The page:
Back when cars were rocket ships on wheels and Dagmars had fully gone through puberty, Chevrolet introduced mechanical fuel injection for the Corvette and its line of passenger vehicles. Available in 250-horse and 283-horse versions, the latter that was seized by Chevrolet in its ads, touting the milestone of one horsepower per cubic inch.
Another new option for the Corvette was the 4-speed manual. Previously, the only two transmissions were the standard 3-speed manual or the two-speed Powerglide automatic. Combine the two new options and the Corvette became an instant world-class car, offering the equipment that only exotic cars could brag about. Special thanks for this should go to Zora Arkus-Duntov, the Chevrolet engineer who transformed the Corvette from a six-cylinder/automatic cruiser to an authentic sports car. After introducing the small-block in the ’55 Vette, he set a stock car record the next year with a race up Pikes Peak, then hit 150 mph − another record − in the flying mile at Daytona Beach.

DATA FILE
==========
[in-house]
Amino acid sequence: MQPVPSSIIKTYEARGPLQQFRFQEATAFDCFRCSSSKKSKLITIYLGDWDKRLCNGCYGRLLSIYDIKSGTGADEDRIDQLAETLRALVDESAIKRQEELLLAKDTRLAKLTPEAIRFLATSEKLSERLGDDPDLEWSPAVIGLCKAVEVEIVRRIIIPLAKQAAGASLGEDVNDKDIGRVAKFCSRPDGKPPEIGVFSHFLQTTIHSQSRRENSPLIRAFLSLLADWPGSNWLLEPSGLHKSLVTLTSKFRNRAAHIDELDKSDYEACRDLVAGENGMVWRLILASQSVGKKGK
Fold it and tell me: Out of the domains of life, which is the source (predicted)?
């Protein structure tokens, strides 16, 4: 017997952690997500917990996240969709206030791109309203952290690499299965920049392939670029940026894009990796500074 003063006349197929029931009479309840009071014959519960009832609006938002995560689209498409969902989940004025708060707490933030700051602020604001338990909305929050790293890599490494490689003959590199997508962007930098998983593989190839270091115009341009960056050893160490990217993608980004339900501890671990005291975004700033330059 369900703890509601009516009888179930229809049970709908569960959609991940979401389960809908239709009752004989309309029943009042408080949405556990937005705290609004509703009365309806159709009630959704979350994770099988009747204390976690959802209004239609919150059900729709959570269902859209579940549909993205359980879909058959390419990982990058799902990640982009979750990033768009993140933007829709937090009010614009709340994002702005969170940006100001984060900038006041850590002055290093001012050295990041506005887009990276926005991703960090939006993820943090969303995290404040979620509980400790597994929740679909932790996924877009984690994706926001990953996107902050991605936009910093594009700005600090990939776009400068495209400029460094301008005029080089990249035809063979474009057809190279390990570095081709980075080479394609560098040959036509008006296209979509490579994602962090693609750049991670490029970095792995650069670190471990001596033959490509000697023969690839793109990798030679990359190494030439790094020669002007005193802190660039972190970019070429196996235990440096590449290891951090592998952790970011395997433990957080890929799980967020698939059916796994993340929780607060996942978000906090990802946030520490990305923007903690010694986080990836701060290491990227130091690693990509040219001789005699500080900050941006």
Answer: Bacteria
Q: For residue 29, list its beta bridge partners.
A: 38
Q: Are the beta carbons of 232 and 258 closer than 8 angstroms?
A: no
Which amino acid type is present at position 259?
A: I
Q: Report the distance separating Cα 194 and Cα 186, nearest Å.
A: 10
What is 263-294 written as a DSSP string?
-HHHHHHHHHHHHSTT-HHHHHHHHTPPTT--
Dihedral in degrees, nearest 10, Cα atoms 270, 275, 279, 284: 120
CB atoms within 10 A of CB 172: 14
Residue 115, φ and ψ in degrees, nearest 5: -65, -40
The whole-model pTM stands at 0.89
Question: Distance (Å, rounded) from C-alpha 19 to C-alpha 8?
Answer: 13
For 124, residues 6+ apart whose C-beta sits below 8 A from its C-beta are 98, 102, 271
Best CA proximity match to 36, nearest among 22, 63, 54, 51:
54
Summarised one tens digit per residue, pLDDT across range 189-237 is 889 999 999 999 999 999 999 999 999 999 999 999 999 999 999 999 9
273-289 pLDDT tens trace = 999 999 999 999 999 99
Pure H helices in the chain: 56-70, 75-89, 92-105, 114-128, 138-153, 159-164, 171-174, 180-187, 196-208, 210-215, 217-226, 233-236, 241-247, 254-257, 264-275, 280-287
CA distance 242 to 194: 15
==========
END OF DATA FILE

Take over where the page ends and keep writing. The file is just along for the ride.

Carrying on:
This 1957 Corvette on eBay is one of those fabled fuel injection cars. Out of 6,339 Corvettes built, 1,040 came with fuel injection. Interestingly enough, the 250-horse version was rarer than the 283-horse version, with 182 built with a manual tranny and 102 built with Powerglide. Only 664 4-speed cars were built in numerous combinations, making this Corvette one of the rarer ones produced that year. It’s quite overpriced at $228,888, but it’s a great example of what may be the first great Corvette.